The original plan was to feature Springbok matches on the front page of each issue of your newsletter during the RWC2019. But the fantastic performance by Japan in the Pool A clash with Ireland forced a rethink and we’ve now decided to feature the most remarkable match of the past week instead.
Which brings us neatly back to the incredible match that took place in Fukuroi City last Saturday. Going into the encounter, bookmakers were giving odds of 11-1 on the Japanese to win.
But the Japanese were much better than that. Captained by our very own Lappies Labuschagné, the home team were really fired up for this game but Ireland were the first to score – a try in the corner, unconverted – but the home side struck back almost immediately with a penalty.
The Irish followed up with a second try to lead 12-3 after about 30 minutes. Then something changed in the attitude of the home team as they gradually crept back into the match, building the enthusiasm of the crowd in the process.
At half-time the Japanese still trailed by three points and after the break they kept chipping away at the lead to eventually finish 19-12 winners. It was an absolutely fantastic result that could have been even bigger – Japan missed two penalty kicks and very nearly scored a second try in the closing minutes. For us, perhaps the most remarkable thing was that Japan kept the Irish scoreless for 50 consecutive minutes.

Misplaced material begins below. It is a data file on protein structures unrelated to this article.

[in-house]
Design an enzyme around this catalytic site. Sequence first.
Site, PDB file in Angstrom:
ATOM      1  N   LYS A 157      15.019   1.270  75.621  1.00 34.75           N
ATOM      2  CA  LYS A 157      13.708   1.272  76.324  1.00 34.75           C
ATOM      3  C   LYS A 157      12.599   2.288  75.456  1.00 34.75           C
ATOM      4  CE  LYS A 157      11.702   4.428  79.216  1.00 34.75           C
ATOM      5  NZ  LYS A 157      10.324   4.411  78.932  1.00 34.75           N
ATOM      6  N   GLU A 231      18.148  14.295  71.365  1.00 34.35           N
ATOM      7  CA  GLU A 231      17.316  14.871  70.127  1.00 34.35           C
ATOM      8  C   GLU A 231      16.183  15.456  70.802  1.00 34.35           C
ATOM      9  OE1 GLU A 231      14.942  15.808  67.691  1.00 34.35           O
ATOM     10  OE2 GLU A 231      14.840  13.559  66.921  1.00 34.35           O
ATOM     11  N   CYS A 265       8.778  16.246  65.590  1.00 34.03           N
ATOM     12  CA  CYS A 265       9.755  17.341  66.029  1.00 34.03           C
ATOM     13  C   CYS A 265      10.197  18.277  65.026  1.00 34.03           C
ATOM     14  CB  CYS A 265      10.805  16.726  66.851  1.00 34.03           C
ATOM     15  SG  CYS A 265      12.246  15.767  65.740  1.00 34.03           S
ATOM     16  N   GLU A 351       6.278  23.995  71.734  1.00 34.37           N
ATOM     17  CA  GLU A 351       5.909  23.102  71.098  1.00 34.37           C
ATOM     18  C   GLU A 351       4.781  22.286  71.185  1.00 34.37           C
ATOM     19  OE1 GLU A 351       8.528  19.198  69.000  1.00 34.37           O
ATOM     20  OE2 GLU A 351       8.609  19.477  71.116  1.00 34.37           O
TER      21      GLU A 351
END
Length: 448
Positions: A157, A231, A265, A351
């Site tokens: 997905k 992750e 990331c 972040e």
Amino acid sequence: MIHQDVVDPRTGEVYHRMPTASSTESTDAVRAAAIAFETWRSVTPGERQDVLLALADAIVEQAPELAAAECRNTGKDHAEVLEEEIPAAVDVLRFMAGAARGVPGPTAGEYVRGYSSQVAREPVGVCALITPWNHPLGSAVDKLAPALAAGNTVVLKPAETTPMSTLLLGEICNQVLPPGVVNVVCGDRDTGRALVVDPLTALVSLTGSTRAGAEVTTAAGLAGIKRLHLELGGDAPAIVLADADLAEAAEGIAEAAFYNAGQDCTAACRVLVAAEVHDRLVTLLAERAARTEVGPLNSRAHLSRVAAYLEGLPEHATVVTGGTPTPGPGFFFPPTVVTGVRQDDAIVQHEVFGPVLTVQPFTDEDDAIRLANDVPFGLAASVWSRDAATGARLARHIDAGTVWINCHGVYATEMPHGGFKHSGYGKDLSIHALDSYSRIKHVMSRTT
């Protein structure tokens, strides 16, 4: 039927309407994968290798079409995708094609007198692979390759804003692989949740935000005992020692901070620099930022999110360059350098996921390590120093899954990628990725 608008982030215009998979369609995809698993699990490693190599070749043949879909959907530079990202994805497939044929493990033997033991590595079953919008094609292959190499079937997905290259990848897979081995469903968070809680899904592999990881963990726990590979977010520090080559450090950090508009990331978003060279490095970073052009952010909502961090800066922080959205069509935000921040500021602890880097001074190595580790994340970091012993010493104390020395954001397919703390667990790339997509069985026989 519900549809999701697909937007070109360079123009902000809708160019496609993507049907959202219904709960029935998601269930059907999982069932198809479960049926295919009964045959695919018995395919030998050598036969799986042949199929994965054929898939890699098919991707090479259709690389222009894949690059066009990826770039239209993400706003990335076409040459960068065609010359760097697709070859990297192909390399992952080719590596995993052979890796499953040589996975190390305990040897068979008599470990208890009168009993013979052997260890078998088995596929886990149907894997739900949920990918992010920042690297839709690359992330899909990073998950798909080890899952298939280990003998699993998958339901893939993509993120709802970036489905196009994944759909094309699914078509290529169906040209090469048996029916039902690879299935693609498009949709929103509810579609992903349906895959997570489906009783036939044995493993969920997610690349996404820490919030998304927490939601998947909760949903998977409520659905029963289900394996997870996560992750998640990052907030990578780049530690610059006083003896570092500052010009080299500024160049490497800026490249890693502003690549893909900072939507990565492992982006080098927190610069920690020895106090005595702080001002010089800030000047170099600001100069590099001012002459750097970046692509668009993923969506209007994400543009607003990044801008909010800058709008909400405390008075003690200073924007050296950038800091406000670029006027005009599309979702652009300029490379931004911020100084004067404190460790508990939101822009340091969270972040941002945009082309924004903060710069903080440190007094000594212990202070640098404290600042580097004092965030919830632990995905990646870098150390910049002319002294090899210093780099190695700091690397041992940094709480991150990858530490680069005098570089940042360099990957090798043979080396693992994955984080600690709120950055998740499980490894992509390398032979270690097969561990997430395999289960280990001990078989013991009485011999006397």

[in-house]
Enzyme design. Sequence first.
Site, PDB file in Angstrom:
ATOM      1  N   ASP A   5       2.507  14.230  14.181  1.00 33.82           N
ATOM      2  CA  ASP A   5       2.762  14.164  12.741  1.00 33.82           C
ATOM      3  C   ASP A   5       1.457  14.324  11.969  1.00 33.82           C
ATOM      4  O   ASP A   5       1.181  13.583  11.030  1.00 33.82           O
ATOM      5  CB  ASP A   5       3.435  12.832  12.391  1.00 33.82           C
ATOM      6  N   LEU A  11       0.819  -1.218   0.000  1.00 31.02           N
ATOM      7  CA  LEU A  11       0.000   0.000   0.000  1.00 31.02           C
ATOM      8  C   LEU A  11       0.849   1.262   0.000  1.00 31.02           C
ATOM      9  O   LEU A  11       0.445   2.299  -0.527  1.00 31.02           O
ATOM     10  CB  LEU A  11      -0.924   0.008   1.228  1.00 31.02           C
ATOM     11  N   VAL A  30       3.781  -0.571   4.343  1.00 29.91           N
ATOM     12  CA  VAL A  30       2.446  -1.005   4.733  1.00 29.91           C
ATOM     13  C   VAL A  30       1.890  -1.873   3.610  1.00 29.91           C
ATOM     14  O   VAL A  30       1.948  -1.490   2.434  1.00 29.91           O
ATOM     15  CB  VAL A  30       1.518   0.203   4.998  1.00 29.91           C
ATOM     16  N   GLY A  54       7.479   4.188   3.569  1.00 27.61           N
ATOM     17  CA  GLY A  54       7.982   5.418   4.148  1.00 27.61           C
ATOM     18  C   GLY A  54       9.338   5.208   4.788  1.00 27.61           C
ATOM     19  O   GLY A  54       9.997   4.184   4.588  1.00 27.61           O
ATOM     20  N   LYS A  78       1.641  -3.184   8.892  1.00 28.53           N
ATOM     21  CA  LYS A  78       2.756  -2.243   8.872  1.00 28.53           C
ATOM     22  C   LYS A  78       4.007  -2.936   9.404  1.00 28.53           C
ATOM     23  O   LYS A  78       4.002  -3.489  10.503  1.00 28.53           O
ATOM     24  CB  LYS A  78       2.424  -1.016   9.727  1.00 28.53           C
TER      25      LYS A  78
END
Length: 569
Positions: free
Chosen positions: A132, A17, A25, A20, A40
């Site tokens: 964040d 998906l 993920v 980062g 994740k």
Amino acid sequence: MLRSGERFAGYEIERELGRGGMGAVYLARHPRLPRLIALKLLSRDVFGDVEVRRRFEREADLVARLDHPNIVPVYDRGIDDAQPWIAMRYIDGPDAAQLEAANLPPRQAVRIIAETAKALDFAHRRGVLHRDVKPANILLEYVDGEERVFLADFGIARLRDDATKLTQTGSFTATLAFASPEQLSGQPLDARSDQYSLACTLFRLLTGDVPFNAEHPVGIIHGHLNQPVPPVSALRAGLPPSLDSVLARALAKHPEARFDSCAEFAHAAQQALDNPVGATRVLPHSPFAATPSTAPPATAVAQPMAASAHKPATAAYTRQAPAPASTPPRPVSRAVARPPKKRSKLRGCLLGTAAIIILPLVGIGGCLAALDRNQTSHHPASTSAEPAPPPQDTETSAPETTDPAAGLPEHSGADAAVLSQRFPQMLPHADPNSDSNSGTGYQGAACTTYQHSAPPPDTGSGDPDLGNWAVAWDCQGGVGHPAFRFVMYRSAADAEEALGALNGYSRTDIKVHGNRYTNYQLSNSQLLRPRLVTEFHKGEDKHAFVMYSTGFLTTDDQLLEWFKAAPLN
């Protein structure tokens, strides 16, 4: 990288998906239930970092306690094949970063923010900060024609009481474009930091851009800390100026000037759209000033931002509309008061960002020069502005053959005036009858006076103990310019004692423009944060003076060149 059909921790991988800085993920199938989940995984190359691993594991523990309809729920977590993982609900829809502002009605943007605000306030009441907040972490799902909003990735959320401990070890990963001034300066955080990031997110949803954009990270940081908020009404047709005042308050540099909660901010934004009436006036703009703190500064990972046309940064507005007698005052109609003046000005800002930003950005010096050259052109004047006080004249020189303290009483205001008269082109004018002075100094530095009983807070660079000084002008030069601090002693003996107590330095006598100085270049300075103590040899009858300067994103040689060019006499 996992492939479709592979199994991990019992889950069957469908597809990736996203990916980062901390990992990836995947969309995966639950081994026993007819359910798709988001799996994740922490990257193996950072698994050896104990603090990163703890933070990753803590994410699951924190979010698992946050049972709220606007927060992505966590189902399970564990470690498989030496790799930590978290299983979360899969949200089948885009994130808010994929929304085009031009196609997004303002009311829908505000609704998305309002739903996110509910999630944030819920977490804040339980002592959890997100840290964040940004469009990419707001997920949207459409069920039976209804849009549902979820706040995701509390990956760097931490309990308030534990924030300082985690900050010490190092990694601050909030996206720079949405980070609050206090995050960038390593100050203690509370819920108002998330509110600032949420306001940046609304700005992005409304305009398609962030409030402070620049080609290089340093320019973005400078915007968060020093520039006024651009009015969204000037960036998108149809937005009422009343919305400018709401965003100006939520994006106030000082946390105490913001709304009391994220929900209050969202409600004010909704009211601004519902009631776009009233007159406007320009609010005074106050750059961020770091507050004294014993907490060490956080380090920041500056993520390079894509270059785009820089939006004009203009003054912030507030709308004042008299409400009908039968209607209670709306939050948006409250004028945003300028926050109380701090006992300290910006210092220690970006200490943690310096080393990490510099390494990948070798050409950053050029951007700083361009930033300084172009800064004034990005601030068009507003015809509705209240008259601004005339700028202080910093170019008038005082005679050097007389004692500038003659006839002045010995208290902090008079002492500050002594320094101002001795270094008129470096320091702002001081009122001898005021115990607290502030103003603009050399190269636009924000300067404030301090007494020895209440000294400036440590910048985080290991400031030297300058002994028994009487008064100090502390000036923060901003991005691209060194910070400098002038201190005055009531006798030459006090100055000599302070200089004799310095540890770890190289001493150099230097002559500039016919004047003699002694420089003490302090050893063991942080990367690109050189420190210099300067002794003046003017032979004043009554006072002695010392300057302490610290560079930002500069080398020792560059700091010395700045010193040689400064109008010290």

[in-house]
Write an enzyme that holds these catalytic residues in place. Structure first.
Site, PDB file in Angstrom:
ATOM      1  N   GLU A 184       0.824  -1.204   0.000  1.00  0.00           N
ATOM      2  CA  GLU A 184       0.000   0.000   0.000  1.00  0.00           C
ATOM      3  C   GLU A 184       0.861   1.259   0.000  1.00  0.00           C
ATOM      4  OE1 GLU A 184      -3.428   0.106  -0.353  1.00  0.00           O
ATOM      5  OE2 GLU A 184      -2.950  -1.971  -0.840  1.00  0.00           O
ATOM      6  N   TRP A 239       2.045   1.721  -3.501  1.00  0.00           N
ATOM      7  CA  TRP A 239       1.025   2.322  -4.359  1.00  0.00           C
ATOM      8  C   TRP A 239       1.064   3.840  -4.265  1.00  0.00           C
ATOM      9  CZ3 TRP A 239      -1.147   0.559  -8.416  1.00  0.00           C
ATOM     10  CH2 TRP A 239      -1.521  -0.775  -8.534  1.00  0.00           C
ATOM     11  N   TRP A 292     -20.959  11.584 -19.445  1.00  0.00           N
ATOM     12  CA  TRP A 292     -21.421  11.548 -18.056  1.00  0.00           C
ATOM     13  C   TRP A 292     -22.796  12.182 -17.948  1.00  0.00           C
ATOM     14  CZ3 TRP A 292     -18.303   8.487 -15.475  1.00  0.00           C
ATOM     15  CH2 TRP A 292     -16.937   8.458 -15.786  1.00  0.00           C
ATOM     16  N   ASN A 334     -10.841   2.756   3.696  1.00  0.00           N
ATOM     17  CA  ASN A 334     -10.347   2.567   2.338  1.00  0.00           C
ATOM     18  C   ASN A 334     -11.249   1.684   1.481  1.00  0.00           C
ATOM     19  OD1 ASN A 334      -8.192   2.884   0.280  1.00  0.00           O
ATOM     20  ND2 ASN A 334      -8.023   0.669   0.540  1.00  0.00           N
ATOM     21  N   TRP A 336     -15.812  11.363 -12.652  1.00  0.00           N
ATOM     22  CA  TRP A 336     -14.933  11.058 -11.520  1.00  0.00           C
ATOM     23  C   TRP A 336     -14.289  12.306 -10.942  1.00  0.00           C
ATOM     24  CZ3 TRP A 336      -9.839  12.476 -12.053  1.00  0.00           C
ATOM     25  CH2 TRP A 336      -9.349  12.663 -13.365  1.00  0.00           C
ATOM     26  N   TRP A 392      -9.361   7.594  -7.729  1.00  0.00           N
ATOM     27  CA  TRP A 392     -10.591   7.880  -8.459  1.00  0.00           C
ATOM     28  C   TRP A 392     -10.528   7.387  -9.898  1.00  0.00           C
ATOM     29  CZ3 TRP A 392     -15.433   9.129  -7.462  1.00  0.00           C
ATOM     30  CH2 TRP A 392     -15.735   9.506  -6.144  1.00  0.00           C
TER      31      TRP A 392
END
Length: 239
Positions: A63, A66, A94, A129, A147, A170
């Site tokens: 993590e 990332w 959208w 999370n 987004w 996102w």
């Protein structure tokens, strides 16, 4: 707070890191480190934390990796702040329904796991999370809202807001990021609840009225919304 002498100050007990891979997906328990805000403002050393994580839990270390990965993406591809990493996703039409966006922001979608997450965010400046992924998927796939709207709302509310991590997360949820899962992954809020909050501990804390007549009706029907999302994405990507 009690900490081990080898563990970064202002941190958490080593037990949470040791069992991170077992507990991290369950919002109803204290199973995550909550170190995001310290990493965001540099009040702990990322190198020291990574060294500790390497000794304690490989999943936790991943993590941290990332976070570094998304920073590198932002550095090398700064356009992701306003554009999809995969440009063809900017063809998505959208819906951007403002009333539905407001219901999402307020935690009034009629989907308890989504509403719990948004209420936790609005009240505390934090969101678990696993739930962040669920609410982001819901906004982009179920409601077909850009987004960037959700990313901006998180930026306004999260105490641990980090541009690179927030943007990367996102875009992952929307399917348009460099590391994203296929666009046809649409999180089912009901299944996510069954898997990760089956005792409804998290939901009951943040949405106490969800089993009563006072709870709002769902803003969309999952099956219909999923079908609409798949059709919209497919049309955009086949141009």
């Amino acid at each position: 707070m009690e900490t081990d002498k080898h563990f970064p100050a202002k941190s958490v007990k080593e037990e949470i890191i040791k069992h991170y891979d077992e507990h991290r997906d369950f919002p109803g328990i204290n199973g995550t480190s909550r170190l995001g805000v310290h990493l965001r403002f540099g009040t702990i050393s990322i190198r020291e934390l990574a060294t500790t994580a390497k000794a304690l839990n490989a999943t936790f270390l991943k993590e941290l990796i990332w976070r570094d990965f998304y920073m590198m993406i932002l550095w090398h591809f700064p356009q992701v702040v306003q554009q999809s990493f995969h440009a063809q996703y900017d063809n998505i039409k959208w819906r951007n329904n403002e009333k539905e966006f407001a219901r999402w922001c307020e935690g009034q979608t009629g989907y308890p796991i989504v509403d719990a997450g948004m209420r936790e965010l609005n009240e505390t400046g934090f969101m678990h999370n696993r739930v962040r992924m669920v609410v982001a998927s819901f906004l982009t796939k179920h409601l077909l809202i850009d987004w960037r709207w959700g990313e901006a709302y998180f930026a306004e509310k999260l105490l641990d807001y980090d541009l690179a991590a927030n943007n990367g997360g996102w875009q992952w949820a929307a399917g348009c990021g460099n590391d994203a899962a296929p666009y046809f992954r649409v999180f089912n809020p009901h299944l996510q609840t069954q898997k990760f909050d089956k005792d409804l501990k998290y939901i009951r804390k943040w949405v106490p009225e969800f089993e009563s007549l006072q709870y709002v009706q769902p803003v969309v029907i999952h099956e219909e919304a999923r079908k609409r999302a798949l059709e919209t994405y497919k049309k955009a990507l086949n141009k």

That was a mammoth effort and the Japanese now have a very real chance of finishing top of Pool A – if they can beat Samoa and Scotland.
And, if the home side should be successful in finishing on top of Pool A, it will quite likely result in a quarter-final appointment with the winner of the clash between the Springboks vs Italy on Friday, just before midday (SA time).
[We’re not counting poultry in this newsroom; South Africa has lost to Italy before – Ed]
“Holy Schmidt guys. But can we please stop calling them the ‘Brave Blossoms’ because that is a [condescending] term that [means] you keep trying even when you lose. From now on we call them the ‘Brilliant Blossoms’ or the ‘Breakneck Blossoms’.”